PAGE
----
Duke University and National University of Singapore Advance to Second Phase of Medical School Partnership
Duke University and the National University of Singapore have agreed to a five-year plan to expand the growth and development of the Duke–NUS Graduate Medical School. The venture will strengthen Duke’s contribution as a research and educational partner and position Singapore as a global hub of biomedical expertise.
The agreement is a tribute to the remarkable success of the first phase of the 2005 partnership which led to the opening of the Duke-NUS Graduate Medical School (Duke-NUS). Since the inaugural class of 26 students arrived in 2007, Duke-NUS has more than doubled its enrollment, drawing top students and distinguished faculty from around the globe. It will graduate its first class of medical doctors in 2011.
The Duke-NUS experiment has flourished in its first five years of rapid growth, with partners citing a commitment to its fundamental vision and its unique approach to medical instruction. The school’s educational design is based upon Duke’s innovative model, one that focuses on independent study and research within a context of small group discussions and interactive learning opportunities.
“This is a very important day for Duke Medicine and for our partners in Singapore,” said Victor J. Dzau, MD, chancellor for Health Affairs, Duke University, and CEO of the Duke University Health System.
“The success of Duke-NUS is integral to the success of Duke Medicine’s mission of transforming medicine and health to improve peoples’ lives around the world through service, research and education. Duke will continue to build relationships with strategic partners around the world, but we will always see Duke-NUS as the crown jewel of our international activities.”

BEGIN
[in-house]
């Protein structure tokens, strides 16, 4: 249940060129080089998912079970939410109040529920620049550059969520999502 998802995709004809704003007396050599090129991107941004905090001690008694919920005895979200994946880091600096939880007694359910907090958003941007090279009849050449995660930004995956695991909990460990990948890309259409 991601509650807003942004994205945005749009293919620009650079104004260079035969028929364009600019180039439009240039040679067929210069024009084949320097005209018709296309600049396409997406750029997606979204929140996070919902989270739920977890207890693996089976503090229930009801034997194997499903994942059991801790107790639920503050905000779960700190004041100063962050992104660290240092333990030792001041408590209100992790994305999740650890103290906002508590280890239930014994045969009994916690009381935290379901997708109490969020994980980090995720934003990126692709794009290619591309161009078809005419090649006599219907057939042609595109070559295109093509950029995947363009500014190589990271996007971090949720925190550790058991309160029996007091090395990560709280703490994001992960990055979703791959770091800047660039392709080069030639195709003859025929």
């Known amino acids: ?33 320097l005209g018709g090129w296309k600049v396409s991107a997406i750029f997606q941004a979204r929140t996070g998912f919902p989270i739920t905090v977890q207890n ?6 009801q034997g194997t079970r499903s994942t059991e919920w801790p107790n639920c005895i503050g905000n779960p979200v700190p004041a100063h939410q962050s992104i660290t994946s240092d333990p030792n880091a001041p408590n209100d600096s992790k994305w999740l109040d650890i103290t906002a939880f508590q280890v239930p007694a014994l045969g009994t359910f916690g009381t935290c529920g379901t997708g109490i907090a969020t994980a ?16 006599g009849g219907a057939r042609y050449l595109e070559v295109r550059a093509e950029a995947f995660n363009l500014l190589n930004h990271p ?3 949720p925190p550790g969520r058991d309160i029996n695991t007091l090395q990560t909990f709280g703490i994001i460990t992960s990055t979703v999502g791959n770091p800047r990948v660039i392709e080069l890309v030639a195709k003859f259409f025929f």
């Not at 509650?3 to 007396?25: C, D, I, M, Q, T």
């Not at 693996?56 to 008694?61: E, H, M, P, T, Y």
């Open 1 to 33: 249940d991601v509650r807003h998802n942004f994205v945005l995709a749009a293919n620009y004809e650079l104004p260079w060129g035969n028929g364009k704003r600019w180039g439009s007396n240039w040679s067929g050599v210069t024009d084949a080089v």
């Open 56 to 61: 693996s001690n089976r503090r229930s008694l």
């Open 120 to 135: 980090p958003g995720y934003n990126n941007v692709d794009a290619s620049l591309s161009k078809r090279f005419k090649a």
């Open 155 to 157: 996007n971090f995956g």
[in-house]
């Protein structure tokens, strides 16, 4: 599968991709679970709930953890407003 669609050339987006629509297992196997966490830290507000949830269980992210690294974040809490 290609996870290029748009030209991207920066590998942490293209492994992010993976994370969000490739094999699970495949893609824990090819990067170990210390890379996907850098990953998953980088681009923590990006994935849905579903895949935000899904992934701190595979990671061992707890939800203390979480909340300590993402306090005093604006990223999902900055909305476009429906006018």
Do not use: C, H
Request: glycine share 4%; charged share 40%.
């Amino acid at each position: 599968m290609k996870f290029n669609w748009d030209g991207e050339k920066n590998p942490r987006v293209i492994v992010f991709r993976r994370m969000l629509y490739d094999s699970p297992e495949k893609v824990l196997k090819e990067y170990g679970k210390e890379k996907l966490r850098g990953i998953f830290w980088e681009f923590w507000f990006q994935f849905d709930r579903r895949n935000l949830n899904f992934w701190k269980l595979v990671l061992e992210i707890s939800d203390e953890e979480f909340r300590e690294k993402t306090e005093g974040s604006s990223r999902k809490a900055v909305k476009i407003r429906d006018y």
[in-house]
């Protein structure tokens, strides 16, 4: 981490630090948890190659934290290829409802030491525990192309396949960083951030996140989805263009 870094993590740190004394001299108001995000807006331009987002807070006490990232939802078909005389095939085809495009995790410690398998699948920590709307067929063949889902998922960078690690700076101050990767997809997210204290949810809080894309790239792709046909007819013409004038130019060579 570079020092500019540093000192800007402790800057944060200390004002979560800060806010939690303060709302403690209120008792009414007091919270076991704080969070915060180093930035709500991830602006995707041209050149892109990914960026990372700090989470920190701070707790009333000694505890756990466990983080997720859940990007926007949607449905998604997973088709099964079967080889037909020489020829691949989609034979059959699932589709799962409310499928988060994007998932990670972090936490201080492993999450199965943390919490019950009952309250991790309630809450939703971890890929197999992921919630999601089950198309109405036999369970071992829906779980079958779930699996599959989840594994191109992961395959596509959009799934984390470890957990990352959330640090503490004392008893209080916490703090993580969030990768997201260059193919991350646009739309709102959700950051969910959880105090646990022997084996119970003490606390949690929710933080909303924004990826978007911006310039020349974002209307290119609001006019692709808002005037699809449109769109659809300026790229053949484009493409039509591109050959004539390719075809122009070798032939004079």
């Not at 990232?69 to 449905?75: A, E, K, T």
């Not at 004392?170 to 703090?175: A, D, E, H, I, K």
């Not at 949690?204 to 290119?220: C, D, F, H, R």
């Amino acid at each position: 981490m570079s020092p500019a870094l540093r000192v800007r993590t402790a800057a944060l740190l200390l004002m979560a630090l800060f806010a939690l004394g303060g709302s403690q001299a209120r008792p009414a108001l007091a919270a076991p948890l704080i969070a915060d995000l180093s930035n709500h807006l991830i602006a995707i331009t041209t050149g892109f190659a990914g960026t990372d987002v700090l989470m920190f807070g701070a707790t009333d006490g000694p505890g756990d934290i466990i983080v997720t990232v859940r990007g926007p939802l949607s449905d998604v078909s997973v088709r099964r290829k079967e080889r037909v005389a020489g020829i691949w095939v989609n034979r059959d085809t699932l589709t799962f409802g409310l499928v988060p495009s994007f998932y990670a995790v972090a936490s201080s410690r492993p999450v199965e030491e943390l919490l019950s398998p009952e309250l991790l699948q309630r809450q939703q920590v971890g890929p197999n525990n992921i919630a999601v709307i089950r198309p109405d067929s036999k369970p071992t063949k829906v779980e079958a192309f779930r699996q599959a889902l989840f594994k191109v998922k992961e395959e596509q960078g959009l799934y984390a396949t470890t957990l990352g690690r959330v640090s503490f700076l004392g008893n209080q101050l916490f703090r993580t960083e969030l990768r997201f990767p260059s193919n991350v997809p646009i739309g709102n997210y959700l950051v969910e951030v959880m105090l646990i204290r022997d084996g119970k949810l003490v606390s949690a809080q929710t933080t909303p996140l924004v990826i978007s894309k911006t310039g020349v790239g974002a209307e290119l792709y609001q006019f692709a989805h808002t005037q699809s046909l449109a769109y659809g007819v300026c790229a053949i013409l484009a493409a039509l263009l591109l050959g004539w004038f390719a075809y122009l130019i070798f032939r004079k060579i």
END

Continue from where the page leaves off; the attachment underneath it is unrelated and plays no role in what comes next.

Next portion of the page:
NUS president, professor Tan Chorh Chuan said, “Duke-NUS Graduate Medical School has made remarkable progress since the landmark collaboration between Duke and NUS was established in April 2005. In this short space of time, Duke-NUS has established a strong reputation, attracting a great mix of bright students and distinguished faculty from around the world."
"The Duke-NUS' educational model is very distinctive, and the school has also contributed strongly to Singapore's Biomedical Sciences (BMS) initiative through its cutting-edge research. I would say that this partnership has greatly exceeded our already high initial expectations. The second phase of this partnership with Duke promises to be even more exciting and productive. Together with the Yong Loo Lin School of Medicine, I fully expect Duke-NUS to make even greater contributions for the benefit of the community in Singapore and beyond.”
The strong research platform that anchored the first phase of the partnership will be the foundation for one of the most important goals of the next few years -- further alignment of research, education, and patient care interests and outcomes with SingHealth, Singapore’s largest group of health care institutions.
Duke-NUS concentrates its efforts on five signature research programs -- cancer and stem cell biology, neuroscience and behavioral disorders, emerging infectious diseases, cardiovascular and metabolic disorders, and health services and systems research -- that could complement research and clinical care across SingHealth hospitals and national specialty centers.
Duke’s Michael Merson, MD, vice chancellor for Duke-NUS affairs, says deepening the relationship between Duke and Singapore will also be especially helpful in defining multi-national strategies for advancing research and new treatments for infectious diseases as well as chronic medical conditions.
“This growing partnership will help solidify Singapore’s position as a center of biomedical expertise, and will also offer students and faculty from around the globe a setting where they can test-drive research and educational innovations, such as new models of care and new models of caregivers.”